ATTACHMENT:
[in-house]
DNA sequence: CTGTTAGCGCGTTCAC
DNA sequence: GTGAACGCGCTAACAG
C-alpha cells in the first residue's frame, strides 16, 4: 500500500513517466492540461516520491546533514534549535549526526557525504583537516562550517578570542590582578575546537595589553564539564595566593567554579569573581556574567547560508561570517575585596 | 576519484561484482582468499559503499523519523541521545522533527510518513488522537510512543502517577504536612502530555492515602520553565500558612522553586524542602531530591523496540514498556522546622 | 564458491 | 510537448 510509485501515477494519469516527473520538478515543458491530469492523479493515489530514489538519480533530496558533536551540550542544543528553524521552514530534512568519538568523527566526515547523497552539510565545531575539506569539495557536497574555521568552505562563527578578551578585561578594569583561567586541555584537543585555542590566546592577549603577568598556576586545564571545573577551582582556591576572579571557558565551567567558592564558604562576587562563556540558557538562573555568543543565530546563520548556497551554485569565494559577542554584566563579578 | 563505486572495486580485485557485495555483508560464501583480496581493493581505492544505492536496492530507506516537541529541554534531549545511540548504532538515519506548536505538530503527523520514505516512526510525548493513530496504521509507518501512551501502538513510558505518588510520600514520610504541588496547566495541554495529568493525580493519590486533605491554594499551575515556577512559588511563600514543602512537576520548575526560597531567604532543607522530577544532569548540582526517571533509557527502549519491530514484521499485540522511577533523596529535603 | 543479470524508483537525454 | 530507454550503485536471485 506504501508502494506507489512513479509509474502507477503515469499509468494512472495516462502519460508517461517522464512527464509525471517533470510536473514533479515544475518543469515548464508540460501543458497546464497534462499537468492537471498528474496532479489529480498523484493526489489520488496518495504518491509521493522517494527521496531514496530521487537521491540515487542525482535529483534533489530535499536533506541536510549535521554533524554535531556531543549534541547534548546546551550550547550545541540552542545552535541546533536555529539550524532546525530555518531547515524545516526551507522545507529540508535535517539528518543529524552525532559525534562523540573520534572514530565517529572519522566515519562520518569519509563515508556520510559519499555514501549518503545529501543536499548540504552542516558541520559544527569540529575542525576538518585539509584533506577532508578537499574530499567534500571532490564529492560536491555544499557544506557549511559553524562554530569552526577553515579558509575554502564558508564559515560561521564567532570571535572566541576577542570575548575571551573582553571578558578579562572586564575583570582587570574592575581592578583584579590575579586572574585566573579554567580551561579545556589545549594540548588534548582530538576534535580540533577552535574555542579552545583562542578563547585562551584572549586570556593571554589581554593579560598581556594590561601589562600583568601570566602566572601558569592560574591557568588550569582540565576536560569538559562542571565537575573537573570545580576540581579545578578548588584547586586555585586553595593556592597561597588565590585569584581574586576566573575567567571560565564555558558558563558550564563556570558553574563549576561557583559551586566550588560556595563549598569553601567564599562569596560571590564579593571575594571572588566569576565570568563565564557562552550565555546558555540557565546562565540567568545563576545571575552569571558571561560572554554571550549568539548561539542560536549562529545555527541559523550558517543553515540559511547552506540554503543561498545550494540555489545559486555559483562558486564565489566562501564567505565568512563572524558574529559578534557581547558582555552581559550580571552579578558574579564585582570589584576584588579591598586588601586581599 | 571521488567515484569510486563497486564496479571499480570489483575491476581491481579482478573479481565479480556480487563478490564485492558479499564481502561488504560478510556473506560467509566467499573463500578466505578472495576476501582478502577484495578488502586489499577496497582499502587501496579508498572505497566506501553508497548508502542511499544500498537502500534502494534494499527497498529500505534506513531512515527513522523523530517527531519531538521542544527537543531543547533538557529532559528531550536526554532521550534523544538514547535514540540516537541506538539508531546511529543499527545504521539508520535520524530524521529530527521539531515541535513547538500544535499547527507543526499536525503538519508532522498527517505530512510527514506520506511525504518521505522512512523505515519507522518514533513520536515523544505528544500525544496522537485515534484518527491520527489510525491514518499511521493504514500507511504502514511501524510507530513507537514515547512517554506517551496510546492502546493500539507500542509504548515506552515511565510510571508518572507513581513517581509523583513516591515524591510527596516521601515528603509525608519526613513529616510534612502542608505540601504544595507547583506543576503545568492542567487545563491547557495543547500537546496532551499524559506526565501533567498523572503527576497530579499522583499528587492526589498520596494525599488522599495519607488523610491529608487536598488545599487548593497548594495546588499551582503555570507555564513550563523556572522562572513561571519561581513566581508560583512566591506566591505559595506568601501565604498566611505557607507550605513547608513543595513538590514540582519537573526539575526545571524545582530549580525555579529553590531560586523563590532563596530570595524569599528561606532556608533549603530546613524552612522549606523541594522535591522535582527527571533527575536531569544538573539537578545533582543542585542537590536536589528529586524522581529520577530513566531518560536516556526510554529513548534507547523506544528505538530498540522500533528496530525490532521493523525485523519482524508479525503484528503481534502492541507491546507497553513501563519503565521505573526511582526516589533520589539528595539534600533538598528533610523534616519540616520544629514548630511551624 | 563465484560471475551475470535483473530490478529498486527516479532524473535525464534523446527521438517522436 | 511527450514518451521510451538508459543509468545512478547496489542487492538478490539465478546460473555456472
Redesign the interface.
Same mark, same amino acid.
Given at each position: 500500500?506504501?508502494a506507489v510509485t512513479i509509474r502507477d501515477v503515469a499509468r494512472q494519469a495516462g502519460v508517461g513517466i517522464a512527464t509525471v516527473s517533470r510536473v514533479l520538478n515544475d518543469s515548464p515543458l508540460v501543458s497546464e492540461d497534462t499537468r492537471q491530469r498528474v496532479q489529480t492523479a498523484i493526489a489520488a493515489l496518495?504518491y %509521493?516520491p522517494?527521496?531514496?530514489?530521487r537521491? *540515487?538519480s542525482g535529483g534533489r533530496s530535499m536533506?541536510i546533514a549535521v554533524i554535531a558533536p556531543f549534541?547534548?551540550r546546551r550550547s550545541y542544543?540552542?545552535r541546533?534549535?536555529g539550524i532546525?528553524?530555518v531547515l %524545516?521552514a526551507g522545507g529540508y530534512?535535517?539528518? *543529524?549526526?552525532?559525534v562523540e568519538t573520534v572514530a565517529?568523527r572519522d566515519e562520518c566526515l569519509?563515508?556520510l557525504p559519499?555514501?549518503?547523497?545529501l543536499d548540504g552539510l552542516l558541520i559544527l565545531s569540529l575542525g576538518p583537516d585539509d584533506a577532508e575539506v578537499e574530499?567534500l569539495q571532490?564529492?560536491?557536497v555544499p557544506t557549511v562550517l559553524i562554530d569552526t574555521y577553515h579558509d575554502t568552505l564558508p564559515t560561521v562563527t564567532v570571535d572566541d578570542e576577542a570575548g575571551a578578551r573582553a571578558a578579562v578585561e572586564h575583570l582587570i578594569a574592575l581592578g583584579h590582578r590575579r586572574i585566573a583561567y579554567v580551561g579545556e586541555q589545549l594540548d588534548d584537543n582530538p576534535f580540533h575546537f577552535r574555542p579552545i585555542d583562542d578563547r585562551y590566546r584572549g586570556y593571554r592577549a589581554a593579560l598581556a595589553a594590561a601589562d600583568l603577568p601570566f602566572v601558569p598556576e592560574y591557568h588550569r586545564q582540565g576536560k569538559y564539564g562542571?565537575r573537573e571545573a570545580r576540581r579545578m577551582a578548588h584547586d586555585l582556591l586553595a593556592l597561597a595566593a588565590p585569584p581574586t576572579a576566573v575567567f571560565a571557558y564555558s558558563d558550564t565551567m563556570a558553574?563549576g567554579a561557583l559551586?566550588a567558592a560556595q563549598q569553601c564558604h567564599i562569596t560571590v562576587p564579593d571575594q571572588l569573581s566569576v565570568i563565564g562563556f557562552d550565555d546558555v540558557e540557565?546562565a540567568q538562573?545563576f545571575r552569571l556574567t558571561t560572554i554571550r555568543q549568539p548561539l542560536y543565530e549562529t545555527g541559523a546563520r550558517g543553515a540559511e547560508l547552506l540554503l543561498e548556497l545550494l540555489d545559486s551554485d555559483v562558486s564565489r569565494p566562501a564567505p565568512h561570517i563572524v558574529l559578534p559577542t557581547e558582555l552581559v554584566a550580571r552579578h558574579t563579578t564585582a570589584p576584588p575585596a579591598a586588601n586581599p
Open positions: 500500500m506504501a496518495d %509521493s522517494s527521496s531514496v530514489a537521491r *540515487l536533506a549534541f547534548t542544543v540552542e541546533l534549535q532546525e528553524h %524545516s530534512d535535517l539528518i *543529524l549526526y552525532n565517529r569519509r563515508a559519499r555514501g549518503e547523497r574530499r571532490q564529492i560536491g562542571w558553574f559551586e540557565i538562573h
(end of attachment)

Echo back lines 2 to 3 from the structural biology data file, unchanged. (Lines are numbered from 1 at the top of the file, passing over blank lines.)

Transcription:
DNA sequence: CTGTTAGCGCGTTCAC
DNA sequence: GTGAACGCGCTAACAG